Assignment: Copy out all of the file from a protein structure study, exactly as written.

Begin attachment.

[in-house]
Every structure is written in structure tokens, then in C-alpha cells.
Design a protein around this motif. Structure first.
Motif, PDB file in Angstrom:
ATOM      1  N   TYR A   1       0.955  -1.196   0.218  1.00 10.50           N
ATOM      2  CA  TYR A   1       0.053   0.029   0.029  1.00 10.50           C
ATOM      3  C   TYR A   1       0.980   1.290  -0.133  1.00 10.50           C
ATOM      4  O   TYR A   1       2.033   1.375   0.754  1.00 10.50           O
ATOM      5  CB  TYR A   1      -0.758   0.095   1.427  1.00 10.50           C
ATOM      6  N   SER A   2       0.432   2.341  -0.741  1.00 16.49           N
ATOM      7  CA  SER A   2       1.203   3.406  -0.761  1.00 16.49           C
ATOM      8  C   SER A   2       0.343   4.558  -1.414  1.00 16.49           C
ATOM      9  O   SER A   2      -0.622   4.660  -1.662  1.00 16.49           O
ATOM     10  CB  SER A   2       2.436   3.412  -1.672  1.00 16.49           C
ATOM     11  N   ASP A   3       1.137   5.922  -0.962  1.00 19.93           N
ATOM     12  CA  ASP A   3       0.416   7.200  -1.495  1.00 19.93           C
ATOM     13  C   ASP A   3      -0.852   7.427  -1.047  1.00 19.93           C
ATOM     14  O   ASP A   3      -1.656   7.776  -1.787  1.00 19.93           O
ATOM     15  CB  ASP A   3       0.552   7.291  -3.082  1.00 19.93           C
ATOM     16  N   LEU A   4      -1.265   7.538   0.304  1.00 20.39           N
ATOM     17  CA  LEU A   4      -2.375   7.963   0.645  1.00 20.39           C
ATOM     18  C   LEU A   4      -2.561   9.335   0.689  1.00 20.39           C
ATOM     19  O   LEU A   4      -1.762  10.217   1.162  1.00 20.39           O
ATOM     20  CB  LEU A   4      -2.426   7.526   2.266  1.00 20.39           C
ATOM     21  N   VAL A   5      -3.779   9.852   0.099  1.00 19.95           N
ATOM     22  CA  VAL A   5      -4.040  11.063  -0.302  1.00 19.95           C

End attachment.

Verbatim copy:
[in-house]
Every structure is written in structure tokens, then in C-alpha cells.
Design a protein around this motif. Structure first.
Motif, PDB file in Angstrom:
ATOM      1  N   TYR A   1       0.955  -1.196   0.218  1.00 10.50           N
ATOM      2  CA  TYR A   1       0.053   0.029   0.029  1.00 10.50           C
ATOM      3  C   TYR A   1       0.980   1.290  -0.133  1.00 10.50           C
ATOM      4  O   TYR A   1       2.033   1.375   0.754  1.00 10.50           O
ATOM      5  CB  TYR A   1      -0.758   0.095   1.427  1.00 10.50           C
ATOM      6  N   SER A   2       0.432   2.341  -0.741  1.00 16.49           N
ATOM      7  CA  SER A   2       1.203   3.406  -0.761  1.00 16.49           C
ATOM      8  C   SER A   2       0.343   4.558  -1.414  1.00 16.49           C
ATOM      9  O   SER A   2      -0.622   4.660  -1.662  1.00 16.49           O
ATOM     10  CB  SER A   2       2.436   3.412  -1.672  1.00 16.49           C
ATOM     11  N   ASP A   3       1.137   5.922  -0.962  1.00 19.93           N
ATOM     12  CA  ASP A   3       0.416   7.200  -1.495  1.00 19.93           C
ATOM     13  C   ASP A   3      -0.852   7.427  -1.047  1.00 19.93           C
ATOM     14  O   ASP A   3      -1.656   7.776  -1.787  1.00 19.93           O
ATOM     15  CB  ASP A   3       0.552   7.291  -3.082  1.00 19.93           C
ATOM     16  N   LEU A   4      -1.265   7.538   0.304  1.00 20.39           N
ATOM     17  CA  LEU A   4      -2.375   7.963   0.645  1.00 20.39           C
ATOM     18  C   LEU A   4      -2.561   9.335   0.689  1.00 20.39           C
ATOM     19  O   LEU A   4      -1.762  10.217   1.162  1.00 20.39           O
ATOM     20  CB  LEU A   4      -2.426   7.526   2.266  1.00 20.39           C
ATOM     21  N   VAL A   5      -3.779   9.852   0.099  1.00 19.95           N
ATOM     22  CA  VAL A   5      -4.040  11.063  -0.302  1.00 19.95           C